I would venture to suggest that it is the *samples* which do this, not the database - am I right in thinking that when they narrow down their list of suspects the samples are re-processed to a higher accuracy than the profiles on the database? Or at the very least to confirm that the database isn't wrong?
Not so far as I am aware. The system I was familiar with looked at a particular sequence along the DNA strand and, to confirm a match necessitated a string of ten identical "bases" (adenine, thymine, cytosine and guanine), plus a sex identifier. It had been calculated that there is only one chance in a billion of two people having the identical profile. Nearly 19 out of every 20 people in the UK will have a DNA profile which is unique in the country (including the 90% of the population who are not on the database). Even where a duplicate does occur, the odds that an identical profile is found at the scene of a crime which matches a local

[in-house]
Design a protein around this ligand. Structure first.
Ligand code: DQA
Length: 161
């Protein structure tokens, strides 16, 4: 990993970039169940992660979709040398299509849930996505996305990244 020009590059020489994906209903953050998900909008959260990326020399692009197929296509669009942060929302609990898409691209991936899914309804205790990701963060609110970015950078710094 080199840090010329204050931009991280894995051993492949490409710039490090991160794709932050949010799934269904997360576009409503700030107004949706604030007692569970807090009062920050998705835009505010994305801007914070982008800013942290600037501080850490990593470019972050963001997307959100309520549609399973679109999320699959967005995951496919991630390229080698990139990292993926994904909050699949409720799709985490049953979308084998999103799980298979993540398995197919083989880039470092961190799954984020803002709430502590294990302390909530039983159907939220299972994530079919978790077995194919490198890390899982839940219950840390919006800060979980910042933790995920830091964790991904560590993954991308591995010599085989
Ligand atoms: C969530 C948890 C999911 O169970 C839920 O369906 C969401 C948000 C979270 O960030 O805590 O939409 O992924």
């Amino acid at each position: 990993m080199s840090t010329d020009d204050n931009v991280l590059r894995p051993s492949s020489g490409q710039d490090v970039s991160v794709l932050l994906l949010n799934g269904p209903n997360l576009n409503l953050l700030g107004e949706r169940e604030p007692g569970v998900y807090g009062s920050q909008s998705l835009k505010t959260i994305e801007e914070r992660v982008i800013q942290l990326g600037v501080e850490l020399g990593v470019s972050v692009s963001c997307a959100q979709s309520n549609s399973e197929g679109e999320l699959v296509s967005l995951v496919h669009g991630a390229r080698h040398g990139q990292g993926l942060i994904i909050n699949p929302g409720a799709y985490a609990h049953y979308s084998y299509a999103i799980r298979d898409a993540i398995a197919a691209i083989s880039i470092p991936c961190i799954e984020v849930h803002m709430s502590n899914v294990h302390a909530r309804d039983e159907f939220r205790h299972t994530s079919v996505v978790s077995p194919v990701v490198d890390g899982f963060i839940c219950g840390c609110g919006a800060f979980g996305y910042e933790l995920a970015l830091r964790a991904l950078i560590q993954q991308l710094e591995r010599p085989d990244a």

individual with a criminal past
must be infinitesimally small. In spite of the minuscule odds of a false match, if someone insists that the DNA could not be theirs, the police will have to produce corroborative evidence in addition to the DNA. Mostly, that's not too much of a problem.